Dr Alvaro Rada Iglesias; Institute of Biomedicine and Biotechnology of Cantabria
Alvaro Rada Iglesias received his M.Sc. in Biology by the University of Leon in 2001, being recognized as the best academic curriculum of that year. Then, he obtained his PhD in 2007 at Uppsala University (Sweden), where he worked in the laboratory of Prof. Claes Wadelius. After a short post-doctoral work in the Linnaeaus Centre for Bioinformatics (Uppsala University, Sweden) under the supervision of Prof. Jan Komorowski, he obtained an EMBO long-term fellowship to continue his postdoctoral career in the laboratory of Prof. Joanna Wysocka at Stanford University (USA), where he stayed between 2009-2013. In 2013, he was recruited by the University of Cologne as a Junior Research Group Leader at the Centre for Molecular Medicine Cologne, where he successfully started his independent research group. This was recognized with an EMBO Young Investigator award (EMBO YIP) in 2017. In July 2018 he was recruited as a Principal Investigator by the University of Cantabria to direct his research group at the Institute of Biomedicine and Biotechnology of Cantabria (IBBTEC). In 2020, he became a Tenured Scientist at the Consejo Superior de Investigaciones Científicas (CSIC). In recent years, his work has been recognized by an EMBO Young Investigator award (EMBO YIP; 2017), the José Luís Gómez Skarmeta award (2020) and an ERC Consolidator grant (2019).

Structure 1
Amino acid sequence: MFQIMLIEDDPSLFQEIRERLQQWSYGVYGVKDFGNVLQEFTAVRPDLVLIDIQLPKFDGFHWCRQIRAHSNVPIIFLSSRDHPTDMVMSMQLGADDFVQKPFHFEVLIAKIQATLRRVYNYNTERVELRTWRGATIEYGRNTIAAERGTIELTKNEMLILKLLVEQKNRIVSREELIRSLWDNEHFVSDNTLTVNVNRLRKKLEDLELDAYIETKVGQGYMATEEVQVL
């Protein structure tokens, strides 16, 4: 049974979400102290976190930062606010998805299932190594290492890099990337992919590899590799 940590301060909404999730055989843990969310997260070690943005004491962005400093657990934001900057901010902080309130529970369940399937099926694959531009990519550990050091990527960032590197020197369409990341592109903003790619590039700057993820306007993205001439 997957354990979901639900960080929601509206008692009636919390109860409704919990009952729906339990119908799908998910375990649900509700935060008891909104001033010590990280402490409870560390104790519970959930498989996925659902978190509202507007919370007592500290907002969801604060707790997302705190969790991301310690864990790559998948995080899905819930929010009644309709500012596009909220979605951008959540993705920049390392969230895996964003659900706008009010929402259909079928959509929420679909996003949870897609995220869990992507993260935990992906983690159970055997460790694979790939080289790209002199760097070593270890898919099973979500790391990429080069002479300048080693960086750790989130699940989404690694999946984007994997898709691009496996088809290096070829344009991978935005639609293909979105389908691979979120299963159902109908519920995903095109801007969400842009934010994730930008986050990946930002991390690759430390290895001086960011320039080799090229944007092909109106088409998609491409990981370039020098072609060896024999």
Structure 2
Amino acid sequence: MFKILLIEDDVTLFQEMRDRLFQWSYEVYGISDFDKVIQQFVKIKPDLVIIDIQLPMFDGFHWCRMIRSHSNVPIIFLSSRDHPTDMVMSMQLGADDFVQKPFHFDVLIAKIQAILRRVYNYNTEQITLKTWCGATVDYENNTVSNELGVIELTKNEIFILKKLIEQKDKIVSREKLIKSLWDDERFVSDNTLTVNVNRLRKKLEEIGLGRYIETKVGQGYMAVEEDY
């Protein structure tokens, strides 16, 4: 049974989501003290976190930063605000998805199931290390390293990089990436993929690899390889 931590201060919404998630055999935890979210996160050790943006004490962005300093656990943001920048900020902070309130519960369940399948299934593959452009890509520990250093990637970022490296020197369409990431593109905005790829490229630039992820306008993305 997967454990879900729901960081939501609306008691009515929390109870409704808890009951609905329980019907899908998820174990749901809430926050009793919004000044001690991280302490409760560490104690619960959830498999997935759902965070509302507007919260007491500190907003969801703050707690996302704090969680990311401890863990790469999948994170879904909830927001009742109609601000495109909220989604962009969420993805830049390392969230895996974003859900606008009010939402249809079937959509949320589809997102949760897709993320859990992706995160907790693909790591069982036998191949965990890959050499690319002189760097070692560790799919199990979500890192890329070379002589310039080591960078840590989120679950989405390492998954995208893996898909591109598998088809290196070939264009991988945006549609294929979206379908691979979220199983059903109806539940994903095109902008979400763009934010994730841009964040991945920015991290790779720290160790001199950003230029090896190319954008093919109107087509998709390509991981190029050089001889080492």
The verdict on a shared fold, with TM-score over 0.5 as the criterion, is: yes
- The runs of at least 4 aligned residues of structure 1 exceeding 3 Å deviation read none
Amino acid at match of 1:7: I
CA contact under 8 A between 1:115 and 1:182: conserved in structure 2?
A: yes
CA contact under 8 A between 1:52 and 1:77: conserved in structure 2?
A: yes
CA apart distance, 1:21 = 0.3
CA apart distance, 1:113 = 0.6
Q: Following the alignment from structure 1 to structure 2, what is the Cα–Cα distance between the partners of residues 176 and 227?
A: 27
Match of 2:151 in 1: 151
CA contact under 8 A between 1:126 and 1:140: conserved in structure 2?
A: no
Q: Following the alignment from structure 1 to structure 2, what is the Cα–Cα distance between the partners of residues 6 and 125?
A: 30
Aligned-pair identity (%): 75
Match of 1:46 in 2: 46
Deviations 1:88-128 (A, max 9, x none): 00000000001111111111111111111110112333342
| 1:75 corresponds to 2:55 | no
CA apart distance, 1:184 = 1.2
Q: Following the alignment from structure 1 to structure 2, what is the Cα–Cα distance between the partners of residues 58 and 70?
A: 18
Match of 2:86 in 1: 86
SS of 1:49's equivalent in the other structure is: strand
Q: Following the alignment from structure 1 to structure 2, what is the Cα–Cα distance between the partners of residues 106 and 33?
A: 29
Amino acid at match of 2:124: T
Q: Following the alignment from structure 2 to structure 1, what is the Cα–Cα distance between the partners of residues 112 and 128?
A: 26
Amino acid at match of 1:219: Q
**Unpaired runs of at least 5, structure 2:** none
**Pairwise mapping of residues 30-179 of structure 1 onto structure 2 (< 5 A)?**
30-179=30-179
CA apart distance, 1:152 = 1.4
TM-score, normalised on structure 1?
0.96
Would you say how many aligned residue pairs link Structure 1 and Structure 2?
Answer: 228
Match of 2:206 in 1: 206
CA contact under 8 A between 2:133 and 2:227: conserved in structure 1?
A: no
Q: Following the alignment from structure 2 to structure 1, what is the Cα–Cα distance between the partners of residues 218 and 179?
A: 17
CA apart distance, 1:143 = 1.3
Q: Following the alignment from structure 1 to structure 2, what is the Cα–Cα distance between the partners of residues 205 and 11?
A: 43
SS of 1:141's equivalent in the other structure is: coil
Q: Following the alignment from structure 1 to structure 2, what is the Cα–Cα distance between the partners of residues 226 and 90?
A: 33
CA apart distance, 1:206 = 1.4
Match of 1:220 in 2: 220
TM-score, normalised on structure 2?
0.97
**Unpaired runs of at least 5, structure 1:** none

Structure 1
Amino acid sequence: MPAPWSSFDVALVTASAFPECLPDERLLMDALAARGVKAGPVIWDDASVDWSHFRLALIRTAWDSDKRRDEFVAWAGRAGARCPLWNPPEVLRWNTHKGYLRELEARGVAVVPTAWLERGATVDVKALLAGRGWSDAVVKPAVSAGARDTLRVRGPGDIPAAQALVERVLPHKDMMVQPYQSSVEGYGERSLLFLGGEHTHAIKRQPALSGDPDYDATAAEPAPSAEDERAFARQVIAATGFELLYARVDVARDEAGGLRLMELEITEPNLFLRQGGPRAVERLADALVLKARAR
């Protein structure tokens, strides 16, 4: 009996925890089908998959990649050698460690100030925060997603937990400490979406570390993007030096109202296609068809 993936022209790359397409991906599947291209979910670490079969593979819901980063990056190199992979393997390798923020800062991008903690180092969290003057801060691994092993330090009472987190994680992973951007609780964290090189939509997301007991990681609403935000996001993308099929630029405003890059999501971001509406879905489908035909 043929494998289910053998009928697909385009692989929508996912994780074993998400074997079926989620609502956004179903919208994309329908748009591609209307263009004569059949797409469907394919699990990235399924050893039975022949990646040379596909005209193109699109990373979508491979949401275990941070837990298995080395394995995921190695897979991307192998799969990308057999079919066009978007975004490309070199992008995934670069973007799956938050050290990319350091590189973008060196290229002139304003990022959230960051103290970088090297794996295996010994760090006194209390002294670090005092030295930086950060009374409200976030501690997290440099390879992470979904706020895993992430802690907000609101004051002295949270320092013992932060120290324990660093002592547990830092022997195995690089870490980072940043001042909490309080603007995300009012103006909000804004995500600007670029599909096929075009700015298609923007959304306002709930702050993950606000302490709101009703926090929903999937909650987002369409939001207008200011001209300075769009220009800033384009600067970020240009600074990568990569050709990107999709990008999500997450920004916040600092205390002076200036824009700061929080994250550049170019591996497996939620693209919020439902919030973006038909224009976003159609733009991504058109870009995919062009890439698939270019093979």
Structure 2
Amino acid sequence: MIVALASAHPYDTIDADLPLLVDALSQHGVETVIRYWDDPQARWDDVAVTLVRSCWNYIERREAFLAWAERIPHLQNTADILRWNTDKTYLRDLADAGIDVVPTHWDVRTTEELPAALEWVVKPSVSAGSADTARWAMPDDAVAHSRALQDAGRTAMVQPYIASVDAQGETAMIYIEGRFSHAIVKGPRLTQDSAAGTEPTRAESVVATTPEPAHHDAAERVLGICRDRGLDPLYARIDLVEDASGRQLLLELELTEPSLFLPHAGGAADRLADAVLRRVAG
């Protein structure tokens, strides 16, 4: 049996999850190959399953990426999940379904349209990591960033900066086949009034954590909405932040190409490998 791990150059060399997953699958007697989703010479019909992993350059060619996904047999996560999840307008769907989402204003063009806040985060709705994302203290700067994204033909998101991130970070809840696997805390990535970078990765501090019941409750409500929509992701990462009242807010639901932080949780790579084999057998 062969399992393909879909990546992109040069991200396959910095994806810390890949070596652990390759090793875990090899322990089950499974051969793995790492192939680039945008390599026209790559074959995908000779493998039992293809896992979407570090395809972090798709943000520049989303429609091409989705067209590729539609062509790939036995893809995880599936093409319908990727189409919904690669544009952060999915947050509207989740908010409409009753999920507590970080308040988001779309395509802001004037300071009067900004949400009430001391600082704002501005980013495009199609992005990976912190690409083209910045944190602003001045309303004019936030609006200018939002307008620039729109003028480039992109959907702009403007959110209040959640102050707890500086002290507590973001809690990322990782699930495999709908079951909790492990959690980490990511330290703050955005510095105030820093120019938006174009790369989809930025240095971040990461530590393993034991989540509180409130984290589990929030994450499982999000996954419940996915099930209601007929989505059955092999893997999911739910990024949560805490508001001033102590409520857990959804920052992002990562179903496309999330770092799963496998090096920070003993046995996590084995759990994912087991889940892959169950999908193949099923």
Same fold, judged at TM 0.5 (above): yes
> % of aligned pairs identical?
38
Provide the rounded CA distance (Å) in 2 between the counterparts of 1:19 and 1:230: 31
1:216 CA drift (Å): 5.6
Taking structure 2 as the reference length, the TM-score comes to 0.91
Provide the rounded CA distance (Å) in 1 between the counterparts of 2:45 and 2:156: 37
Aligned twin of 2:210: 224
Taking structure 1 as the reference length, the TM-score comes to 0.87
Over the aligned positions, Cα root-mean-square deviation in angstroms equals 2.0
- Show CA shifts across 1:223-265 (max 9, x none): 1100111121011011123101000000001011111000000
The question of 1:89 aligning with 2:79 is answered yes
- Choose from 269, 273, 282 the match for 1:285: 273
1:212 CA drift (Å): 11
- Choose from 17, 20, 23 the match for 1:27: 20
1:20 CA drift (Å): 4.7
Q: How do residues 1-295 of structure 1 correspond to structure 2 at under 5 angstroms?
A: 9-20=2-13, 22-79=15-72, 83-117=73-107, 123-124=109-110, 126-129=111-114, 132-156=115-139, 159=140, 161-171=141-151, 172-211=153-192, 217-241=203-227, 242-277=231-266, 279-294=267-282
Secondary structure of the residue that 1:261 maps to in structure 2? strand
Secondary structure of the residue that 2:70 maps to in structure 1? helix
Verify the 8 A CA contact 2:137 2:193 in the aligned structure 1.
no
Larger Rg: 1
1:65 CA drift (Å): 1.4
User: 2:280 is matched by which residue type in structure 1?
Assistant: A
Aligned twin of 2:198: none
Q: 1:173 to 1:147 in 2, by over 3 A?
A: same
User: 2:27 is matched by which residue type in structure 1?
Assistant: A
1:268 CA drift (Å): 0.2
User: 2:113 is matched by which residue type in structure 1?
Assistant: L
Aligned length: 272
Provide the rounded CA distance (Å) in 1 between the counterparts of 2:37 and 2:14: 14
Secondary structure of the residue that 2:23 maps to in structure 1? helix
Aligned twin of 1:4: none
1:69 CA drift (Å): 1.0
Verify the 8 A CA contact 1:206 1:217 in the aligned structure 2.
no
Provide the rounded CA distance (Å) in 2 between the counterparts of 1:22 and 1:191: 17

During vertebrate embryogenesis, developmental genes are expressed with remarkable specificity (i.e. expression of the correct genes in the correct cell types) and spatio-temporal precision (i.e. low transcriptional variation within a field of cells). It is widely accepted that the establishment of cell-type specific gene expression programs is largely dependent on the regulatory activity of enhancers. However, the mechanisms that enable enhancers to induce their target genes with the required precision and specificity are still poorly understood. Using a synthetic engineering approach, we recently showed that enhancer-associated CpG islands (CGI) act as tethering elements that increase the physical and functional communication between distal enhancers and their target genes, particularly those with large CGI clusters in their promoters (i.e. developmental genes). Moreover, using single-cell measurements, we also uncovered that CGI contribute to the precise induction of developmental genes by increasing transcriptional burst size and frequency. On the other hand, we noticed that developmental genes tend to be located close to TAD boundaries, while their cognate enhancers have a more random distribution within TADs. Notably, to interrogate whether the positioning of developmental genes within TADs has any functional relevance, we generated various genetic rearrangements in two selected loci (i.e. Gbx2/Asb18; Six3/Six2). Interestingly, these experiments revealed that the presence of CTCF site clusters, and developmental genes close to TAD boundaries synergistically strengthens transcriptional insulation and prevents enhancers from activating non-target genes. Overall, our findings provide novel insights into the mechanisms controlling transcriptional precision and specificity during development, which, in turn, can also help us to understand and predict the long-range pathological effects of human structural variation.
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